Lord Goldsmith has called for an inquiry into how illegal torture techniques came to be used by British soldiers in Iraq.
Lord Goldsmith is the government's chief legal adviser
The Attorney General denied giving army chiefs permission to use sleep deprivation, hooding, stress positions and other techniques on prisoners.
He told MPs he had not been asked for advice on the treatment of detainees.
But he said commanders should have been aware of the Geneva Convention and anti-torture treaties.
He told MPs and peers in a hearing of the Joint Committee on Human Rights: "These techniques were outlawed on a cross-party basis in 1972.
"We have to seek why anyone thought these were permissible techniques. I think there needs to be an inquiry.
"I certainly agree that there is a matter of grave concern as to how these techniques came to be used, who authorised them and on what basis."
He added: "I can't believe that anybody high up in the Army needed to be told, in any event, that our obligations under the Geneva Conventions and criminal law did not permit the treatment of detainees in any way that was degrading or inhuman contrary to Articles 2 and 3 of the European Convention (on Human Rights)."
Lord Goldsmith, who steps down this week after six years, told the committee he was only aware such interrogation techniques had been used after an Iraqi man, Baha Mousa, died in British custody.
Mr Mousa, 26, a hotel receptionist, had been detained under suspicion of being an insurgent. He died in Basra in September 2003.
Seven members of the Queen's Lancashire Regiment (QLR), which is now the Duke of Lancaster's Regiment, faced the most expensive court martial in British history, but all were eventually acquitted.
One soldier, Corporal Donald Payne, 35, became the first British servicemen to admit a war crime, that of treating Iraqi prisoners inhumanely, and was jailed for a year.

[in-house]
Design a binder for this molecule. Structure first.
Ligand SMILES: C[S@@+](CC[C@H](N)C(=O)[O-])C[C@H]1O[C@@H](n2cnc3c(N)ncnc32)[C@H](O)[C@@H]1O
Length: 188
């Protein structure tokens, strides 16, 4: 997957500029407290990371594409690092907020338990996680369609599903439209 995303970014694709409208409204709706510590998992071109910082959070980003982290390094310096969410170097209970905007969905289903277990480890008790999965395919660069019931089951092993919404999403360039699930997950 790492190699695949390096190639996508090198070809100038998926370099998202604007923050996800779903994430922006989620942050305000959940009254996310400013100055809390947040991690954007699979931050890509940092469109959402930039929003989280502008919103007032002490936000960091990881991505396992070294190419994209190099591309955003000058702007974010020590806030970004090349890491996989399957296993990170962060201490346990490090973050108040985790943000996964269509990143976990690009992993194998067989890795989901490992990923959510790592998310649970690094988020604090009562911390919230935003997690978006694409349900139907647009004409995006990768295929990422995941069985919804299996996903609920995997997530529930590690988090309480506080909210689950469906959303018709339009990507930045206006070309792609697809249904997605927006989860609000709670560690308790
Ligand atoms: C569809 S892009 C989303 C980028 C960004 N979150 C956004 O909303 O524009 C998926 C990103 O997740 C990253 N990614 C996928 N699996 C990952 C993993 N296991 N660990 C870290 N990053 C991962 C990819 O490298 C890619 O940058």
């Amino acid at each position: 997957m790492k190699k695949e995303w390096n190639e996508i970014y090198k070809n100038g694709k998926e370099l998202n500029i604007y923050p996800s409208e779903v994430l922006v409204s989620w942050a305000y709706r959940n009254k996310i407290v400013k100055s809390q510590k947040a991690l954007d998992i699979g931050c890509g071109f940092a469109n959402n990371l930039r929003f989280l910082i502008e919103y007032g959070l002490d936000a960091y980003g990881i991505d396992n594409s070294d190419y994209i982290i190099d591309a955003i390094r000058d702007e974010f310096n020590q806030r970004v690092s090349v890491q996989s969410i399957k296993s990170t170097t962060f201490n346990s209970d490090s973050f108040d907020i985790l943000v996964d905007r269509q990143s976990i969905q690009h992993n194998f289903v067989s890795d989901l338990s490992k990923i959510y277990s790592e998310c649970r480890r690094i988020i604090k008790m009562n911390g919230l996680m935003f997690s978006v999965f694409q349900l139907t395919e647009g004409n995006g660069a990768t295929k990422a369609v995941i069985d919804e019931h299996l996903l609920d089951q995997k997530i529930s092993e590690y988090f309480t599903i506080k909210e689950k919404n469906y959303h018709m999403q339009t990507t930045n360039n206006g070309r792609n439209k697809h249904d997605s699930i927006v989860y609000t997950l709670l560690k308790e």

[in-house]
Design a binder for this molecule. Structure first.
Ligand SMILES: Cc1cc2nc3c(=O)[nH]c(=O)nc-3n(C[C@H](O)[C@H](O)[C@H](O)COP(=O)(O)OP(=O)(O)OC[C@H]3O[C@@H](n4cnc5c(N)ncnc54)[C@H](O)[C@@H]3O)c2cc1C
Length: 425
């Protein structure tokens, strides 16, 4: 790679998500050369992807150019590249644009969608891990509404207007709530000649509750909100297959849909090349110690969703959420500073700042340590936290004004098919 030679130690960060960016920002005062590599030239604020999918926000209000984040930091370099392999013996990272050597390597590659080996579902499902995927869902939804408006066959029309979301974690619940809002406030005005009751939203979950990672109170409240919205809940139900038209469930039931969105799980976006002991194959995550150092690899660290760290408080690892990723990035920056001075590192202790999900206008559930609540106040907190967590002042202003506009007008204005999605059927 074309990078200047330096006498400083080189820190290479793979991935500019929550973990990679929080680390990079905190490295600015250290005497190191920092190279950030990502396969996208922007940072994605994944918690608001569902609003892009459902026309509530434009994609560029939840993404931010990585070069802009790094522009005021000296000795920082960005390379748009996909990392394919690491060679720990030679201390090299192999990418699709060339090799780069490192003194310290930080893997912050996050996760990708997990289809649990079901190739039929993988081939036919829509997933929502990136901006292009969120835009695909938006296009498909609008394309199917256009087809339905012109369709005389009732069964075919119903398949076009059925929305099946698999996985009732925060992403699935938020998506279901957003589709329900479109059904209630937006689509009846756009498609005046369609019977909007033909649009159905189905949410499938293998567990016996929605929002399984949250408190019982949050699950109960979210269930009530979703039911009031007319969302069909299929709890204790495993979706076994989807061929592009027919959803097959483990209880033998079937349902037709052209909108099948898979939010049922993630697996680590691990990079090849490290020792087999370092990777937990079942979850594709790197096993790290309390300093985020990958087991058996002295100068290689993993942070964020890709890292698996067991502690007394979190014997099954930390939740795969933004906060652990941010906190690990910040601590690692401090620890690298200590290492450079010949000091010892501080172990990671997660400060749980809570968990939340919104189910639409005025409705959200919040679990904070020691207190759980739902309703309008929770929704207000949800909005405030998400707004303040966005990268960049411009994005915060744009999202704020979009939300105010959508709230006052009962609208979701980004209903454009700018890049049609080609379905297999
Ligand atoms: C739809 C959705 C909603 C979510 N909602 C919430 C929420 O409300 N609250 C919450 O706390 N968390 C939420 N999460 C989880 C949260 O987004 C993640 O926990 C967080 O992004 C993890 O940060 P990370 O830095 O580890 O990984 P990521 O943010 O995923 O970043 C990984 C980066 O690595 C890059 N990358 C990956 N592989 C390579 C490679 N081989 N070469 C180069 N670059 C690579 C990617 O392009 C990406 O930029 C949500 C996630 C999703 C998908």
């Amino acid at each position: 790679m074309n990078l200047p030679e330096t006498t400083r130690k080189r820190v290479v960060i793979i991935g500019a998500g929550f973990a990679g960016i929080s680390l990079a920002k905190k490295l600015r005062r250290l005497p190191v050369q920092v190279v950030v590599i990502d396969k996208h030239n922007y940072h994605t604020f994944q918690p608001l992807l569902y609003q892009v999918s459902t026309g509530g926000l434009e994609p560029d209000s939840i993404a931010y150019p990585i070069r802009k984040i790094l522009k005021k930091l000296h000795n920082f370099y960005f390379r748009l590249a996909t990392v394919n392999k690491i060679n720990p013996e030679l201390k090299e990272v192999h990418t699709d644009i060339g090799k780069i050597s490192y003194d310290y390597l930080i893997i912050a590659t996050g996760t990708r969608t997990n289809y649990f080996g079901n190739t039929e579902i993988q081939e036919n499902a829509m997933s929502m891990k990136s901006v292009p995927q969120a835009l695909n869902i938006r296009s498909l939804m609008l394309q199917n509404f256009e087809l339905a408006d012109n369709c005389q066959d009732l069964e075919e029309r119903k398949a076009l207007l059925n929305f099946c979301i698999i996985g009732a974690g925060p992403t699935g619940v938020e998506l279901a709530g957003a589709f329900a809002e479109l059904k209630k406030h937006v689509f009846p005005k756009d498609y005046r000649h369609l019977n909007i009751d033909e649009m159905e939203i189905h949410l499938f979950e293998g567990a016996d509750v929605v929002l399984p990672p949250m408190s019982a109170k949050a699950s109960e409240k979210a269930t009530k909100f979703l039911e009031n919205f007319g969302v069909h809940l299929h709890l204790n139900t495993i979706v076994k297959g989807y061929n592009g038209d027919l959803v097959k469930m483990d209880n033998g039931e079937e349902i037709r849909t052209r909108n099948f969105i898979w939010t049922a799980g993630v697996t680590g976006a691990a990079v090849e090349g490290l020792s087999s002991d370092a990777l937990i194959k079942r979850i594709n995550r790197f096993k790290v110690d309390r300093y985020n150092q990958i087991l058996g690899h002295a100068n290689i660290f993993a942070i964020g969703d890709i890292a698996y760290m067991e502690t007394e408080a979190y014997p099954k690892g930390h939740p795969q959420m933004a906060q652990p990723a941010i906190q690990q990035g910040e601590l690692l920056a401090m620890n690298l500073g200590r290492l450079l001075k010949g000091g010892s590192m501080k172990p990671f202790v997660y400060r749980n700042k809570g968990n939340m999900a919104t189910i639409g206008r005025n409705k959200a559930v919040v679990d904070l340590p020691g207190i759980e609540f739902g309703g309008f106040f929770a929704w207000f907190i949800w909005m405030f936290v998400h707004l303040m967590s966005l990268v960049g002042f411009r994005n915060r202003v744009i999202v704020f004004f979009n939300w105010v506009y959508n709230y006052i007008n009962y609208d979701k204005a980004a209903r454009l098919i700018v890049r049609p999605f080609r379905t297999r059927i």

But Lord Goldsmith said he had not been asked for advice on the treatment of detainees and if he had he would have told commanders it was "wrong".
"There is a matter of grave concern as to how these techniques came to be used, who authorised them and on what basis and that is a matter which ought to be inquired into," he told the committee.
He added: "It certainly didn't come from my office."
He also denied advising senior officers before the war that the European Convention on Human Rights did not apply on Iraq soil.
He said he had not been aware of e-mails between Rachel Quick, legal adviser to Permanent Joint Headquarters, to the army's senior legal adviser Lieutenant-Colonel Nicholas Mercer, which appeared to suggest otherwise.
"I am not responsible for any of these e-mails. I didn't see them until two or three weeks ago."
He told the committee it was his understanding that Miss Quick had been referring only to the review of detention, rather than the treatment of detainees as a whole.
"From my own point of view, I very much wish she hadn't invoked me in some way, but in relation to the question, whether the UN obligations apply, or the ECHR, in relation to the procedures apply.
"She was right to say in my view, as the court of appeal has said, that it is the UN obligations which trump, not trump, which operate in that specific area."